Dr. Alice C. LinsleyA recent brouhaha in the Anglican Church in North America (ACNA) emerged when a young Anglican priest from Great Britian was asked to address a conference of Anglicans gathered in South Carolina on Saturday, January 20th.
Both Marxism and Feminism are based on a false perception of universal struggle between two groups. In Marxism the conflict is between those wealthy who control the means of production (factories) and the natural resources (mines, oil, etc.) and the workers who often have little political clout (this is before the time of unions). Marx wanted the workers of the world to unite and take control of the factories and mines, if necessary, by violent means.
In Feminism, the conflict is between men and women. Feminists argue that men hold all the power, and that patriarchy is a means of oppression of women. They pose this as a universal conflict, but it is not. Anthropologically, it is easy to pop this bubble. Anthropologists have never found a single absolute patriarchy. Social structures are always more gender balanced than the Feminists would have us believe.
The abusive behavior of drunken Noah toward his sons has a parallel in the abusive behavior of drunken Lot toward his daughters.
The "mother's house" and the "father's house" had distinct obligations of equal value in the Hebrew social structure.
Both males and females are portrayed positively and negatively in the Bible. Both kill. Both promote lies. Both complain. Abraham complains to God about not having a proper heir. Jonah complains about the repentance of the Ninevites and the heat. Sarah complains about Hagar and Ishmael. Rebekah complains about her daughters-in-law.
At the presentation of Jesus in the Temple His identity as Messiah is affirmed by the priest Simeon and by the prophetess Anna.
Jesus restored the widow of Nain's deceased son to his mother (Lk. 7:11-17). Jesus restored Jairus' deceased daughter to her father (Mk. 5:21-43).
The late Dr. J. I. Packer wrote, “Jesus is the second man, the last Adam, our great high priest and sacrifice, our prophet, priest, and king (not prophetess, priestess, and queen), and he is all this precisely in his maleness. To minimize the maleness shows a degree of failure to grasp the space-time reality and redemptive significance of the incarnation.” (J. I. Packer, “Introduction,” in Man, Woman and Priesthood, ed. James Tolhurst, Gracewing, 1989, p. 13).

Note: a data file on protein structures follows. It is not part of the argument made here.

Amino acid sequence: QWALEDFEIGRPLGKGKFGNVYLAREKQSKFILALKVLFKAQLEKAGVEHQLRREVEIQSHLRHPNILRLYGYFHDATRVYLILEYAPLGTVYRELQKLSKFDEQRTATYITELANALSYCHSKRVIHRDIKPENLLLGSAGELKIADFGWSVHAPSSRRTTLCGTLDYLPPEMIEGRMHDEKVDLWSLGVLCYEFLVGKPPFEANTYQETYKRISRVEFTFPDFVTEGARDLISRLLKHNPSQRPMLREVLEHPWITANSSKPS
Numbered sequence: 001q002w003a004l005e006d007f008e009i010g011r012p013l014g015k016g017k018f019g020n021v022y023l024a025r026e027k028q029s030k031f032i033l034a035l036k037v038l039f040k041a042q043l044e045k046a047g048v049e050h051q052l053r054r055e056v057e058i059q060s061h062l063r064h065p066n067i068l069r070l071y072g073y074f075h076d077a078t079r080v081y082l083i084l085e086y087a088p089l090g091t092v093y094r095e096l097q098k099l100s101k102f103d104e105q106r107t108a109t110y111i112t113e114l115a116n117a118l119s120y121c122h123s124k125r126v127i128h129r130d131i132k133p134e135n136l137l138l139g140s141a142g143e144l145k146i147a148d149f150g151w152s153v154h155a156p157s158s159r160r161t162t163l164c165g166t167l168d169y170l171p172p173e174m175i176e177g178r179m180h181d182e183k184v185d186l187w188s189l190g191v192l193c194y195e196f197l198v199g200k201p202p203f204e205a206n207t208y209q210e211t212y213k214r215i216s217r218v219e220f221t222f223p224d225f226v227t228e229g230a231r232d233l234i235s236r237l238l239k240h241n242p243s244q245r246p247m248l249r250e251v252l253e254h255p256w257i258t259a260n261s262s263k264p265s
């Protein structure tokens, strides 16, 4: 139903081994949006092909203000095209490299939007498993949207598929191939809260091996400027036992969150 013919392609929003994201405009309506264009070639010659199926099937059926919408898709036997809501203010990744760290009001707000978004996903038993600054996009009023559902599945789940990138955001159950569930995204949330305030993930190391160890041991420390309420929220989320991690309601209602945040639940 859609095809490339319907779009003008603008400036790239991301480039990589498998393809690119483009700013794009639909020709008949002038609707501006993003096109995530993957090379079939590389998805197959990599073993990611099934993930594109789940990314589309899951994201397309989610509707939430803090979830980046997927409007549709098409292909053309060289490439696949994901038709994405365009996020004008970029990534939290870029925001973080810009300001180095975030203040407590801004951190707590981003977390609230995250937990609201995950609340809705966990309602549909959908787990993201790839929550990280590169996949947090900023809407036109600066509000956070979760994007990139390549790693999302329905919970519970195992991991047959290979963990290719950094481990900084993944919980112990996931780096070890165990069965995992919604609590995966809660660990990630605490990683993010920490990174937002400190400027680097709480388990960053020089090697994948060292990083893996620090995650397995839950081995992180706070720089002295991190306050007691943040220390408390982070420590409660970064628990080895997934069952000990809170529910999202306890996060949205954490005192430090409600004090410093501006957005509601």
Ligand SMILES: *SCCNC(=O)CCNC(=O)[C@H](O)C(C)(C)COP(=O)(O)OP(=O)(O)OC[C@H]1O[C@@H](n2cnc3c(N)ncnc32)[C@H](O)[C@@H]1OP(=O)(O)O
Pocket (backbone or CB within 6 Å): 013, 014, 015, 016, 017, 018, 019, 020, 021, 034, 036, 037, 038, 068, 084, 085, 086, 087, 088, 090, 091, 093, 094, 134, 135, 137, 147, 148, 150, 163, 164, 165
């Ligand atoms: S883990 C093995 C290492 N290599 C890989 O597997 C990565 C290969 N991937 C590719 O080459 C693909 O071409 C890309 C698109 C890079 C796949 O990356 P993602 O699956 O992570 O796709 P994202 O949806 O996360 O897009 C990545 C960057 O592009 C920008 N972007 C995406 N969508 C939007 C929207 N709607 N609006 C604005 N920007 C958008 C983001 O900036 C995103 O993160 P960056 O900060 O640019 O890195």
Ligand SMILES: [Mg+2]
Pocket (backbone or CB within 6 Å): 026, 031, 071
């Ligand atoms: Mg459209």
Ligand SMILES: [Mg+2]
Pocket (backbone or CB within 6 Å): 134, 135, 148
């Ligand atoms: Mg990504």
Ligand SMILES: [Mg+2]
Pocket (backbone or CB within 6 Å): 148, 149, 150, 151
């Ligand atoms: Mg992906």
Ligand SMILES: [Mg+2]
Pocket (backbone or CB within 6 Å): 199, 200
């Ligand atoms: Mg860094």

"... the truce which has been called on the question of women in the priesthood as a condition for bringing into being the new Anglican bodies in North America seems to me more than a bit like the truce over slavery that was required to bring the United States of America into being. But the latter truce could not hold, and neither can the former. Eventually, the disagreement must be sorted out, and that almost certainly means that the battle must be joined. And when that happens, then the great gulf between Evangelicals and Catholics on the nature and number, the origin and efficacy of the sacraments will once again be a church-dividing gulf."
"The primary category mistake of most Anglicans seems to be a refusal to accept the Principle of Non-Contradiction. For example, either sodomy is a grave sin or the foundation of a sacrament, but it can’t be both. Or, either it is possible that women have the capacity to receive presbyteral and episcopal ordination or they do not, but it can’t be both. Let’s forgot for a moment the authority of Apostolic Tradition which every Catholic must believe is an intrinsic part of the Gospel (no sola Scriptura for us), when a foundational principle of right reason like Non-Contradiction is routinely denied in practice if not in theory, then the only thing left is raw will to power."